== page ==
At an industry conference in mid-June, Jamie Dimon, the JPMorgan Chase chief executive, commented on the process and standards whereby the company came to a decision about how to respond to the $6 billion dollar trading loss in its London Office in 2012 that came to be known more popularly as the "London Whale." As reported in the Financial Times, Mr. Dimon said that he set the following framework at meetings that were organized for resolving the issue; "Make believe the Pope is over here and the chairman of the Securities Exchange Commission is over here," he said. "What is the right thing to do? And that is what we are going to do."
While this process and standard was presented by Dimon in the context of keeping any who were contemplating lawsuits over the loss at bay, it made me wonder about the advice the two people that he mentioned might have offered if they were actually invited to the meetings. Both have recently taken up their respective positions and may indeed have some fresh advice to offer not only to JPMorgan Chase but to the remaining institutions in the financial services sector and to those responsible for regulating the sector.
On the one hand Pope Francis has been raising fundamental questions about the social purpose of the financial system and the ethical and moral policies and practices of the institutions and individuals that operate in that space. During her confirmation hearings, the new SEC chair has reiterated the core mission of the commission and other regulators in supervision and analysis and in guaranteeing both the transparency and accountability that are the foundation for sound capital market operations, something in which Dimon has continually professed unshakeable confidence.
Over a period of two weeks in late May, Pope Francis spoke frequently about the challenges and opportunities that redirecting "a culture of waste" and the reform the global financial system present today. After speaking to a group of ambassadors on May 16th about the new idols that are grounded "in the cult of money and the dictatorship of an economy which is faceless and lacking any truly humane goal," that we have fervently embraced, he goes on to suggest that the ongoing impact of the 2008 global financial crisis is a clear indictment of their "gravely deficient human perspective, which reduces man to one of his needs alone, namely, consumption. Worse yet, human beings themselves are nowadays considered as consumer goods which can be used and thrown away."
When commenting specifically on the challenges that sovereign states face in fulfilling their responsibility to "provide for the common good," Pope Francis says that they face a virtually impossible tasks because of the power that "ideologies which uphold the absolute autonomy of markets and financial speculation" exert. He describes this power, which globally significant financial institutions like JPMorgan Chase and others collectively wield, as "a new, invisible and at times virtual, tyranny ... one which unilaterally and irremediably imposes its own laws and rules."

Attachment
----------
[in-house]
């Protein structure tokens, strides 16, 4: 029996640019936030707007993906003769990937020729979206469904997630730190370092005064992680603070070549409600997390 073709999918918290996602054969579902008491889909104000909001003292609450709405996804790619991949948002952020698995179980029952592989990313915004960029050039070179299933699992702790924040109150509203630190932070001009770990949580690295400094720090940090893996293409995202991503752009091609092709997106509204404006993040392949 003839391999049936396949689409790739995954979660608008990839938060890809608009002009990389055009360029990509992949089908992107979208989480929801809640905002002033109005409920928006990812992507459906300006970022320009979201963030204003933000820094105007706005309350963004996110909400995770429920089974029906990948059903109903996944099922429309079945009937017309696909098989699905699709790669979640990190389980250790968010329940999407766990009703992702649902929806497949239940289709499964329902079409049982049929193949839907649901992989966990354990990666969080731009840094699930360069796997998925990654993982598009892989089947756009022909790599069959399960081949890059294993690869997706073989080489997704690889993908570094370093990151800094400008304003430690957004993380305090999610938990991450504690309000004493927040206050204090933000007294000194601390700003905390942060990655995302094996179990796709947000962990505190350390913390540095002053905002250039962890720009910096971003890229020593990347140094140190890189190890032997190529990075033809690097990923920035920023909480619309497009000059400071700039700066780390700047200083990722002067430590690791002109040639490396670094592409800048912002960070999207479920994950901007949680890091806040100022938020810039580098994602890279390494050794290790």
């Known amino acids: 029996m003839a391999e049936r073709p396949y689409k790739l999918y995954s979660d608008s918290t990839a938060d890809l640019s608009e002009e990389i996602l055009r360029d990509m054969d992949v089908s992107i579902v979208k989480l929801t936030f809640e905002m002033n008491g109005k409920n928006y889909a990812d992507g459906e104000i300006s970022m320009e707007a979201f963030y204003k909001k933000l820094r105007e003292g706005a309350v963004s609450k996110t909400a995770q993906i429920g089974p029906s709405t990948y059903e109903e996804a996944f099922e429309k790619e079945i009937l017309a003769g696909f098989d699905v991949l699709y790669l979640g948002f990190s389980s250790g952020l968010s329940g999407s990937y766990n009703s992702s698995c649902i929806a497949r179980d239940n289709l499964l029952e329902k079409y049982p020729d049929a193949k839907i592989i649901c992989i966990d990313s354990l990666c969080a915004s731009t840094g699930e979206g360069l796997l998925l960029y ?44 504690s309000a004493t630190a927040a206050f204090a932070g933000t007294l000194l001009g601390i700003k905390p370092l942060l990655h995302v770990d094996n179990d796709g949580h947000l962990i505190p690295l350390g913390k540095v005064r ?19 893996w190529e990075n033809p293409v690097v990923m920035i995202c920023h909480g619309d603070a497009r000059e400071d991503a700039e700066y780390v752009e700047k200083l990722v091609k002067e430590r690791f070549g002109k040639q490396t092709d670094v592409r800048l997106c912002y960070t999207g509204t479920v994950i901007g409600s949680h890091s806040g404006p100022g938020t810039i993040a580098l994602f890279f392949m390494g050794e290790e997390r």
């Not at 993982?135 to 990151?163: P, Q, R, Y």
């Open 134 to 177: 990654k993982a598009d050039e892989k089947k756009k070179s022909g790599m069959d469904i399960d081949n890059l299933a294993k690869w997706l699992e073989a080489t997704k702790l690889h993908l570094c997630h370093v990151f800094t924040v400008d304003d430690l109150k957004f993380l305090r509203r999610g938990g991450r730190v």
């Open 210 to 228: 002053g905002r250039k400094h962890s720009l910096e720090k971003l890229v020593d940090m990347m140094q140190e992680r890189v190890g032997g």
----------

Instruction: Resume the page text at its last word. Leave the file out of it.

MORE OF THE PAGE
In her confirmation testimony for SEC chair, Mary Jo White highlighted the challenge that that fast paced technologies will continue to present to regulators who are responsible for both monitoring and analysis and for "appropriate and timely regulatory and enforcement responses." She also mentioned the enforcement function of the SEC when she stated that "Investors and all market participants need to know that the playing field of our markets is level and that all wrongdoers -- individual and institutional, of whatever position or size -- will be aggressively and successfully pursued by the SEC."
In his address to ambassadors Pope Francis pointed specifically to the essential role that governments and political leaders play through regulatory agencies like the SEC when he states that "there is a need for financial reform along ethical lines that would produce in its turn an economic reform to benefit everyone. This would nevertheless require a courageous change of attitude on the part of political leaders... Money has to serve, not to rule!"
Finally the pope points out that in ideologies that are grounded in the drive for power and for possessions a rejection of both God and others and an attitude that considers ethics as a nuisance. "God is thought to be unmanageable by these financiers, economists and politicians; God is unmanageable, even dangerous, because he calls man to his full realization and to independence from any kind of slavery."
"An ethics, like solidarity, is a nuisance! It is regarded as counterproductive: as something too human, because it relativizes money and power," according to Pope Francis, but it must be restored to the credo of all institutions in the financial services sector as the foundational compass for their decisions and actions.